Lease Defaults and the Efficient Mitigation of Damages
28 Pages Posted: 5 Apr 2002
Date Written: June 2006
The traditional law of leases imposed no duty on landlords to mitigate damages in the event of tenant breach, whereas the modern law of leases (based on contract principles) does. An economic model of leases in which absentee tenants may or may not intend to breach shows that the primary benefit of the traditional rule is to promote tenant investment in the property by discouraging landlord entry. In contrast, the advantage of the modern rule is to prevent the property from being left idle by encouraging landlords to enter and re-let abandoned property. The results of the model accord well with the historic use of the traditional rule for agricultural leases where absentee use was presumably valuable; and also with the emergence of the modern rule for residential leases, where the primary use of the property entails continuous occupation.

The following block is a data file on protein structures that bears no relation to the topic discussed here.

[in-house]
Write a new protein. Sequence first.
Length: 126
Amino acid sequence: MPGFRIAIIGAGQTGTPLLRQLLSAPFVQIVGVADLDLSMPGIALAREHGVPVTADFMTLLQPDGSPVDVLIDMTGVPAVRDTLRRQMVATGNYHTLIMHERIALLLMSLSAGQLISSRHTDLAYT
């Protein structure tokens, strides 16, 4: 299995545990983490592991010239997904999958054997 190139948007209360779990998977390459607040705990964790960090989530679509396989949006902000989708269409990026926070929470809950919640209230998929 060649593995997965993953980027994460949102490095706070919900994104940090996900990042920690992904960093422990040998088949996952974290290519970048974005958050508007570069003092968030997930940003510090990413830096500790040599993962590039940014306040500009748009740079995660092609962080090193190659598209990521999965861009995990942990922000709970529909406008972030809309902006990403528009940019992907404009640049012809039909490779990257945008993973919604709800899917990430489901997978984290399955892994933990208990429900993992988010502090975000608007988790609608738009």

Keywords: Lease, default, mitigation
JEL Classification: K0, K1
Suggested Citation: Suggested Citation